VILNIUS (Reuters) - Lithuanians angry at spending cuts put left-wing opposition parties on the path to power in an election on Sunday that likely spelled the end for a conservative government praised abroad as a model of austerity.
The Social Democratic Party and the Labour Party, which have promised to raise the minimum wage and shift the tax burden to the better off, were headed for a parliamentary majority in combination with their likely partner, the Paksas Party, according to preliminary results from the second-round vote.
The Homeland Union of conservative Prime Minister Andrius Kubilius, who slashed the budget deficit at the cost of falling wages and rising unemployment, was set to be the second biggest party in parliament but with little chance of a coalition deal.
Whatever the composition of its next government, Lithuania, which must borrow 7.6 billion litas (1.7 billion pounds) in 2013, about 7 percent of output, will likely be given little room to loosen austerity by debt markets, analysts say.
“The trend is showing that the results are quite good,” said Algirdas Butkevicius, leader of the Social Democrats. The former finance minister is a possible coalition prime minister.
With a 13 percent jobless rate, the Baltic nation is one of the European Union’s poorest countries and the population has fallen below 3 million for the first time since the Soviet Union’s collapse in 1991 as thousands leave to find work.
The government’s failure at the ballot box comes despite warm words abroad for a more resolute economic course than those taken by Greece and other euro zone states struggling with debt.
The International Monetary Fund praised the government’s “determined policy implementation” in June.
After a collapse in economic output of 15 percent in 2009, the second-biggest decline in the European Union after northern neighbour Latvia, gross domestic product rose 6 percent last year and is expected to increase by about 3 percent this year.
The budget deficit fell to 5.5 percent of GDP in 2011 from 9.4 percent in 2009. The Kubilius government has drafted a 2013 budget with a 2.5 percent fiscal gap.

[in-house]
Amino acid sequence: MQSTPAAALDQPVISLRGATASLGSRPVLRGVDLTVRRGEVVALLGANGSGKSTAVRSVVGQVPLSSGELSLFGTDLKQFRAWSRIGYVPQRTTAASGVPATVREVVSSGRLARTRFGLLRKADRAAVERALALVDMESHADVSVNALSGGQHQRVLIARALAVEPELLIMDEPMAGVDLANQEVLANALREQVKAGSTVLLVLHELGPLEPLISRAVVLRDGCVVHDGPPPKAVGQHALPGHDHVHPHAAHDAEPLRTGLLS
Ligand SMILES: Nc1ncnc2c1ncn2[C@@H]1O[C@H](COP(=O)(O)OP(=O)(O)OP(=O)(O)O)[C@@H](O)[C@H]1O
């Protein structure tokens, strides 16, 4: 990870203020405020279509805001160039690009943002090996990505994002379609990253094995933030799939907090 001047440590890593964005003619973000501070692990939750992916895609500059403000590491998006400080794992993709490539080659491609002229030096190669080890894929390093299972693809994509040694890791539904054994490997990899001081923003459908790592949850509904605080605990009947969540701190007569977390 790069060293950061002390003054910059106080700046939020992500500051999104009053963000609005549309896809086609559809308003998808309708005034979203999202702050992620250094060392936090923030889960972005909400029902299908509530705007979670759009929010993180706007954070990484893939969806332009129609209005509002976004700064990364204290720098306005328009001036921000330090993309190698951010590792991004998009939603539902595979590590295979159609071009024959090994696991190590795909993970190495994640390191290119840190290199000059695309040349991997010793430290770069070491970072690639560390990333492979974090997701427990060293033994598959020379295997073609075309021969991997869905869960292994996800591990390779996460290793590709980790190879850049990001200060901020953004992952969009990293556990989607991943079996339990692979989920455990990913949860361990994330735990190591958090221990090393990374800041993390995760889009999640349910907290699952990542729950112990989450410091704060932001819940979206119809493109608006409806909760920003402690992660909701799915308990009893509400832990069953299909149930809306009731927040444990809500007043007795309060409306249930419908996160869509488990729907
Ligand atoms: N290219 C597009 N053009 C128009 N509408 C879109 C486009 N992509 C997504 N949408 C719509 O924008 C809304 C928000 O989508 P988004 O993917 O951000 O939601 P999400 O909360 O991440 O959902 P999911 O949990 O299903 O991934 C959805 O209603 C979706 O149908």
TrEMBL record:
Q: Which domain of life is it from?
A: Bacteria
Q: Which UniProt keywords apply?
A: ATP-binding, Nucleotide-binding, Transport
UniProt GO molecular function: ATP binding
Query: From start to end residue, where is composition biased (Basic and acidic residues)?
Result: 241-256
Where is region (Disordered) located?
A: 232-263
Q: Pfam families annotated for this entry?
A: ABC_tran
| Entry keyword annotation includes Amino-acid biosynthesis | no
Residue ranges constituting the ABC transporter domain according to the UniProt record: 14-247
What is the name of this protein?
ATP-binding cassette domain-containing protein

In a sign of possible coalition tension ahead, Labour’s leader, Russian-born businessman Victor Uspaskich, has said he may push for a budget deficit above the EU limit of 3 percent of output. Butkevicius has said he would be fiscally responsible and could seek euro entry in 2015.
Lithuania has sought ever closer ties with the European Union since becoming independent from the Soviet Union in 1991.
Uspaskich says the country should not rush to adopt the euro while the currency is in crisis and public support is low. The Labour leader is on trial for tax evasion by his party between 2004 and 2006, a charge he denies.
The Social Democratics were set for about 38 seats and the Labour Party 30 in the 141-seat parliament, according to votes from 94 percent of polling stations in Sunday’s second-round vote. A first round was held two weeks ago.
The Paksas Party, led by an impeached former president. was heading for about 11 seats, enough for a coalition majority.
Lithuania’s politicians were aware pressure from the markets would not allow them to be too generous, said Lars Christensen, chief emerging markets analyst at Danish bank Danske Bank.
“I‘m quite happy that this election, no matter the outcome, will not lead to crazy economic policies,” Christensen said.
Lithuania takes the EU’s rotating presidency in the second half of 2013 and must repay a 1 billion euro bond in March.
“They have their hands tied at the moment,” said DNB economist Rokas Bancevicius.
Writing by Patrick Lannin; Editing by Andrew Osborn and Jason Webb